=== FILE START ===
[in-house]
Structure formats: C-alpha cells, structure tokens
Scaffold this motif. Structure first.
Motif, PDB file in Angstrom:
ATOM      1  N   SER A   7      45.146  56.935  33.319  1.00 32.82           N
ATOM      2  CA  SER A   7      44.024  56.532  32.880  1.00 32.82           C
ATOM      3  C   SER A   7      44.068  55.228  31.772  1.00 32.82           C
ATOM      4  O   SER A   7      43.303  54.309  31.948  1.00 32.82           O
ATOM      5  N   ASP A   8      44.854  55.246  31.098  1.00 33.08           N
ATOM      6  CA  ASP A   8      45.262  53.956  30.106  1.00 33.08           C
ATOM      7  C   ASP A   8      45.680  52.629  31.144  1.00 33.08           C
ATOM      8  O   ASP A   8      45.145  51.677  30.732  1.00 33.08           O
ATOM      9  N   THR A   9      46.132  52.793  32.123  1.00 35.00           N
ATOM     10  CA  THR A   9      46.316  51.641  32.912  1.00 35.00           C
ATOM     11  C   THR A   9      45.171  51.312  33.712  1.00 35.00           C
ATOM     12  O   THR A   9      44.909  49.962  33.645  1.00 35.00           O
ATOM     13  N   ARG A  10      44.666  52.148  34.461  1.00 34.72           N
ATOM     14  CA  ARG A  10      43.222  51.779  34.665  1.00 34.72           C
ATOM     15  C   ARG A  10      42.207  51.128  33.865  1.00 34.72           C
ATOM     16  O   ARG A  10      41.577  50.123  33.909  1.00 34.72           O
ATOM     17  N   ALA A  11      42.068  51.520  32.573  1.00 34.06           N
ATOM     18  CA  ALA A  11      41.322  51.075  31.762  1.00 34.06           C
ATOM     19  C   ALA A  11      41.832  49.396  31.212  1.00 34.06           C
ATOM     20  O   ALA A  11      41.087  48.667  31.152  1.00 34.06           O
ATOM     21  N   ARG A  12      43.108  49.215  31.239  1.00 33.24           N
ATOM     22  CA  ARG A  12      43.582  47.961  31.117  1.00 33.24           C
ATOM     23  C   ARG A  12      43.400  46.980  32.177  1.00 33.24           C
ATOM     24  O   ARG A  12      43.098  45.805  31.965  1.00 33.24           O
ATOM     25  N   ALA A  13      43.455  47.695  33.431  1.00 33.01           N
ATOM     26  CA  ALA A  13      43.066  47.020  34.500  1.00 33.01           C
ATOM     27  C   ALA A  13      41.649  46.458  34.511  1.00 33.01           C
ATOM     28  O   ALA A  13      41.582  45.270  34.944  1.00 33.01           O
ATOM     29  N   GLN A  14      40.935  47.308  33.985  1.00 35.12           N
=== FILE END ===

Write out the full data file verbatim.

[in-house]
Structure formats: C-alpha cells, structure tokens
Scaffold this motif. Structure first.
Motif, PDB file in Angstrom:
ATOM      1  N   SER A   7      45.146  56.935  33.319  1.00 32.82           N
ATOM      2  CA  SER A   7      44.024  56.532  32.880  1.00 32.82           C
ATOM      3  C   SER A   7      44.068  55.228  31.772  1.00 32.82           C
ATOM      4  O   SER A   7      43.303  54.309  31.948  1.00 32.82           O
ATOM      5  N   ASP A   8      44.854  55.246  31.098  1.00 33.08           N
ATOM      6  CA  ASP A   8      45.262  53.956  30.106  1.00 33.08           C
ATOM      7  C   ASP A   8      45.680  52.629  31.144  1.00 33.08           C
ATOM      8  O   ASP A   8      45.145  51.677  30.732  1.00 33.08           O
ATOM      9  N   THR A   9      46.132  52.793  32.123  1.00 35.00           N
ATOM     10  CA  THR A   9      46.316  51.641  32.912  1.00 35.00           C
ATOM     11  C   THR A   9      45.171  51.312  33.712  1.00 35.00           C
ATOM     12  O   THR A   9      44.909  49.962  33.645  1.00 35.00           O
ATOM     13  N   ARG A  10      44.666  52.148  34.461  1.00 34.72           N
ATOM     14  CA  ARG A  10      43.222  51.779  34.665  1.00 34.72           C
ATOM     15  C   ARG A  10      42.207  51.128  33.865  1.00 34.72           C
ATOM     16  O   ARG A  10      41.577  50.123  33.909  1.00 34.72           O
ATOM     17  N   ALA A  11      42.068  51.520  32.573  1.00 34.06           N
ATOM     18  CA  ALA A  11      41.322  51.075  31.762  1.00 34.06           C
ATOM     19  C   ALA A  11      41.832  49.396  31.212  1.00 34.06           C
ATOM     20  O   ALA A  11      41.087  48.667  31.152  1.00 34.06           O
ATOM     21  N   ARG A  12      43.108  49.215  31.239  1.00 33.24           N
ATOM     22  CA  ARG A  12      43.582  47.961  31.117  1.00 33.24           C
ATOM     23  C   ARG A  12      43.400  46.980  32.177  1.00 33.24           C
ATOM     24  O   ARG A  12      43.098  45.805  31.965  1.00 33.24           O
ATOM     25  N   ALA A  13      43.455  47.695  33.431  1.00 33.01           N
ATOM     26  CA  ALA A  13      43.066  47.020  34.500  1.00 33.01           C
ATOM     27  C   ALA A  13      41.649  46.458  34.511  1.00 33.01           C
ATOM     28  O   ALA A  13      41.582  45.270  34.944  1.00 33.01           O
ATOM     29  N   GLN A  14      40.935  47.308  33.985  1.00 35.12           N